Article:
Pasadena’s Orange Grove Boulevard has long been known as “Millionaire’s Row” for the lavish mansions that once lined the street. Join Atlas Obscura Society Los Angeles for an in-depth tour of two famous estates that are still standing, The Gamble House & Fenyes Mansion, including access to secret doors and the maids’ quarters, not normally open to the public. The tour will include a full walkthrough of the home as well as the exclusive opportunity to see what’s behind some of the secret doors in the house. At the end of the tour, everyone will receive an assortment of postcards showcasing The Gamble House and/or Pasadena.
When: April 7th, 1:30pm – 4:30pm
Where: Fenyes Mansion, 470 W Walnut St, Pasadena, California 91103

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Image: AHBE Landscape Architects

Graphic: AHBE Landscape Architects

This month Mayor Eric Garcetti announced Los Angeles will be joining the 100 Resilient Cities initiative, revealing our first citywide Resilience Strategy. In addition, the mayor signed an executive directive to create Chief Resilience Officers, new positions for leading the way in taking steps to make Los Angeles a more resilient and stronger city. The Rockefeller Foundation has been taking charge in supporting governments, residents, agencies and designers to reimagine solutions to the complex problems facing our cities today.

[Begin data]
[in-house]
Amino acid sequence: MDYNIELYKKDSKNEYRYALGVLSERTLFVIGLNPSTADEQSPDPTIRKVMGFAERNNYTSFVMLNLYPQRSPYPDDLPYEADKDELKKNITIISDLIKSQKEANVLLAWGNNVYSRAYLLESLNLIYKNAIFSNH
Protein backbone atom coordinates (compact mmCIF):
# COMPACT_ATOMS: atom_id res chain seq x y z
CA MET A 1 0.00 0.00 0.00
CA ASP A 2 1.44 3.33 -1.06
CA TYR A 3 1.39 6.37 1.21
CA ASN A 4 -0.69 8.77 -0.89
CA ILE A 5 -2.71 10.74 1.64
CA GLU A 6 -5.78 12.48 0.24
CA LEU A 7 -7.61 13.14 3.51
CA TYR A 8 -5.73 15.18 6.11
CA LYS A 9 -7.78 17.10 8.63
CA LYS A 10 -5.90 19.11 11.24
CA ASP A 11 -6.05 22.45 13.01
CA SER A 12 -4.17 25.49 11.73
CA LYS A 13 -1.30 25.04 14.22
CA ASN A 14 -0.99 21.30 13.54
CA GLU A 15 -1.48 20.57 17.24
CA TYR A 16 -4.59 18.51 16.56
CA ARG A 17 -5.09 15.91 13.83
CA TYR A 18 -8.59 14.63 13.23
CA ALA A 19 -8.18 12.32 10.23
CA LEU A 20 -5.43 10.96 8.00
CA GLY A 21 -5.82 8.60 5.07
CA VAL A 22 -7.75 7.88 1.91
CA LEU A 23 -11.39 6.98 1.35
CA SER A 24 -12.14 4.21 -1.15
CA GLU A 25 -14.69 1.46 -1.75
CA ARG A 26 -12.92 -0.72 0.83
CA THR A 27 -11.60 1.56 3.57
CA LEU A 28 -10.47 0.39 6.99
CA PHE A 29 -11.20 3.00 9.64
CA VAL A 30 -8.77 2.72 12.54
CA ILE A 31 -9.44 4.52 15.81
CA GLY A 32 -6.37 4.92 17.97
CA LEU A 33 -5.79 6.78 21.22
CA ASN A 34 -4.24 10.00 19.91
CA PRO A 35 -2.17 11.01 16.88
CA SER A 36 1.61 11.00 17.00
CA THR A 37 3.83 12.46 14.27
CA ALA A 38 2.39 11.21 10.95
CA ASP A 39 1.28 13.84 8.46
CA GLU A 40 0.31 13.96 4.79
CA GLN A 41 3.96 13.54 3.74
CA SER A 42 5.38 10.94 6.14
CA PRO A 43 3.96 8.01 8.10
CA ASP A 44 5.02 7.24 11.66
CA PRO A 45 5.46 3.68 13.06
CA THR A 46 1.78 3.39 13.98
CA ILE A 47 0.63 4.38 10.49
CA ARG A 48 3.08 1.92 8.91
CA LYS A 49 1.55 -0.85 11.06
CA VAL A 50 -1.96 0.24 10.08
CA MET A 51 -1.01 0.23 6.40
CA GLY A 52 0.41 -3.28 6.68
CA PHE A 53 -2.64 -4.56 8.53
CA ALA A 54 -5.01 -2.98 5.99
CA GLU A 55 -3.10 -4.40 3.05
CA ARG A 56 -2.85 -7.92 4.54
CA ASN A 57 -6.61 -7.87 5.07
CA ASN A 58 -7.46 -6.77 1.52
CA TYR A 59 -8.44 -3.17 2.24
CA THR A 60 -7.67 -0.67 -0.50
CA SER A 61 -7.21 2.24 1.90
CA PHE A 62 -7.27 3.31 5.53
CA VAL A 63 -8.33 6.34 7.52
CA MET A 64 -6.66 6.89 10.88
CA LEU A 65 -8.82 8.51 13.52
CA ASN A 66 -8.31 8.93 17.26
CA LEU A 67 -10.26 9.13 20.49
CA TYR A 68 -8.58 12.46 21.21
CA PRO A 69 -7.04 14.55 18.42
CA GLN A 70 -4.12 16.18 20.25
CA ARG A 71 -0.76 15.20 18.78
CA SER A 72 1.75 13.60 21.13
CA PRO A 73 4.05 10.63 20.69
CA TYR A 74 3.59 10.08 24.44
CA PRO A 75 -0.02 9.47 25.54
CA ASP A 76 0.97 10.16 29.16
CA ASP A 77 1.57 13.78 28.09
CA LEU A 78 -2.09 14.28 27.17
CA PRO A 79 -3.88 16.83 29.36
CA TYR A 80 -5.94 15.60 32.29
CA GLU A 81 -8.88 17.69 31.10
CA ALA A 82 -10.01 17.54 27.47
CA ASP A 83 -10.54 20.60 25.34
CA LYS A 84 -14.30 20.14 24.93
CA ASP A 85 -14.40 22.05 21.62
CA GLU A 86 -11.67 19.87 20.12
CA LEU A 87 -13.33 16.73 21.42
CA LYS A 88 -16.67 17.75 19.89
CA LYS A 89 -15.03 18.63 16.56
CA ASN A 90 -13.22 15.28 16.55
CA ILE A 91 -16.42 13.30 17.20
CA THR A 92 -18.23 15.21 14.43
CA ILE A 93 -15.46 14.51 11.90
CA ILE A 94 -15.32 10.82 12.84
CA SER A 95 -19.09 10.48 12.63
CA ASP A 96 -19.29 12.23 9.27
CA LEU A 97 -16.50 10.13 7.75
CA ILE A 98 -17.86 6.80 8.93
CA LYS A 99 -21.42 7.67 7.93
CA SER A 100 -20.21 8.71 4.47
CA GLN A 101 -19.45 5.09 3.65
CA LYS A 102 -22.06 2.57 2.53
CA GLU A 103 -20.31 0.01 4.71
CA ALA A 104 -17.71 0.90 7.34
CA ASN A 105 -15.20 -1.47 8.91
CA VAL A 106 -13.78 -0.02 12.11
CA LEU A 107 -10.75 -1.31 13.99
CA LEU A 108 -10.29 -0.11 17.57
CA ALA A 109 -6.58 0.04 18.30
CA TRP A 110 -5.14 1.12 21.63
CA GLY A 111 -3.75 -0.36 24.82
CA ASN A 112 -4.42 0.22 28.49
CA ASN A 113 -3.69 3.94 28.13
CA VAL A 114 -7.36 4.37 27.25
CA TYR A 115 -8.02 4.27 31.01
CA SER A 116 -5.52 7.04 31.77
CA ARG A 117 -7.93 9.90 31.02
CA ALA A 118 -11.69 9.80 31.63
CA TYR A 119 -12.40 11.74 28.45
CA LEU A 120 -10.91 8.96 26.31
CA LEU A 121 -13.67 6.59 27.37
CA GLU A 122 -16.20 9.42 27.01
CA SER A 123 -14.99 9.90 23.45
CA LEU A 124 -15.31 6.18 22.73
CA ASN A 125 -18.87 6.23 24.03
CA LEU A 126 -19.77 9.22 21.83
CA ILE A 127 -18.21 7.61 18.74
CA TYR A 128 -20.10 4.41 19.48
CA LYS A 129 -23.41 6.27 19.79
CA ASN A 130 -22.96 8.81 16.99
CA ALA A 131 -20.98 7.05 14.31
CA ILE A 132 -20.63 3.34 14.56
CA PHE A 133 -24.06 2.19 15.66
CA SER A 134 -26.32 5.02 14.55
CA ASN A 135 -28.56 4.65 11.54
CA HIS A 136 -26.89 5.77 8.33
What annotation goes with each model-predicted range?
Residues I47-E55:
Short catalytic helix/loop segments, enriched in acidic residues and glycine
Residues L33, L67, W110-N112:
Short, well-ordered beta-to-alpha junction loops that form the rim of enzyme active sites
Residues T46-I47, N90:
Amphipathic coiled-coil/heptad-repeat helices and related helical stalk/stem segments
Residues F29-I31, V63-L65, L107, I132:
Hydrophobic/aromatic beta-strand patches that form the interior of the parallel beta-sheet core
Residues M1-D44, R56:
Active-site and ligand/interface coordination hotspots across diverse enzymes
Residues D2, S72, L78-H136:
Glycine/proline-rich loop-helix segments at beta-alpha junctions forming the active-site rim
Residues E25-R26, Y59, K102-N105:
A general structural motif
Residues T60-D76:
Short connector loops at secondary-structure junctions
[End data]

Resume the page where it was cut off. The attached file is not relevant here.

By joining the 100 Resilient Cities initiative, the city of Los Angeles taps into the momentum of other places sharing common problems and solutions. After Hurricane Katrina, a strong partnership was forged between engineers, designers, and policy makers from the Netherlands to address water disaster issues and to plan in Louisiana. Similarly, The Bay Area Resilient By Design is forging new knowledge and solutions to strengthen the region’s resilience to sea level rise, severe storms, flooding and earthquakes. AHBE submitted a proposal with Tetra Tech, Restoration Design Group, and Professor Barry Lehrman of Cal Poly Pomona (view our video here), working together to create small-scale implementable, testable, and scalable strategies for sea level rise.

A still from Resilient By Design Bay Area Challenge by Evan Mather for AHBE Landscape Architects.